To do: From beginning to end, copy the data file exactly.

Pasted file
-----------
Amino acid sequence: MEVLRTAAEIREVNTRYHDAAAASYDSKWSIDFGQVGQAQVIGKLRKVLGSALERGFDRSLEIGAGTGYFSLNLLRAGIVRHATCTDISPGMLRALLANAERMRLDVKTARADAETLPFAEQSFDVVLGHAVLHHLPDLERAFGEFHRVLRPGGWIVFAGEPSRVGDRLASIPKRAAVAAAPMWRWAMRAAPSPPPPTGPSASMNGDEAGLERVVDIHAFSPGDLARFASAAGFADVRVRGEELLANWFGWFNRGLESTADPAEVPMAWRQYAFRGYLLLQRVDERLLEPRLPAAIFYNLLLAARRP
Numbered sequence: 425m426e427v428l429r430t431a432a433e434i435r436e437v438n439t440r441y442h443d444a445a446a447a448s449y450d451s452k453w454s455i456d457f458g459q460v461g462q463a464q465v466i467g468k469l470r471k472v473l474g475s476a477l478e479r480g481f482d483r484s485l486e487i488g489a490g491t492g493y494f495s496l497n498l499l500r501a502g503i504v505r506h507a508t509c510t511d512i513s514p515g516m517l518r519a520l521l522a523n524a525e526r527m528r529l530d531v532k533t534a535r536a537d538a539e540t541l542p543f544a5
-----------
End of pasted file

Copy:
Amino acid sequence: MEVLRTAAEIREVNTRYHDAAAASYDSKWSIDFGQVGQAQVIGKLRKVLGSALERGFDRSLEIGAGTGYFSLNLLRAGIVRHATCTDISPGMLRALLANAERMRLDVKTARADAETLPFAEQSFDVVLGHAVLHHLPDLERAFGEFHRVLRPGGWIVFAGEPSRVGDRLASIPKRAAVAAAPMWRWAMRAAPSPPPPTGPSASMNGDEAGLERVVDIHAFSPGDLARFASAAGFADVRVRGEELLANWFGWFNRGLESTADPAEVPMAWRQYAFRGYLLLQRVDERLLEPRLPAAIFYNLLLAARRP
Numbered sequence: 425m426e427v428l429r430t431a432a433e434i435r436e437v438n439t440r441y442h443d444a445a446a447a448s449y450d451s452k453w454s455i456d457f458g459q460v461g462q463a464q465v466i467g468k469l470r471k472v473l474g475s476a477l478e479r480g481f482d483r484s485l486e487i488g489a490g491t492g493y494f495s496l497n498l499l500r501a502g503i504v505r506h507a508t509c510t511d512i513s514p515g516m517l518r519a520l521l522a523n524a525e526r527m528r529l530d531v532k533t534a535r536a537d538a539e540t541l542p543f544a5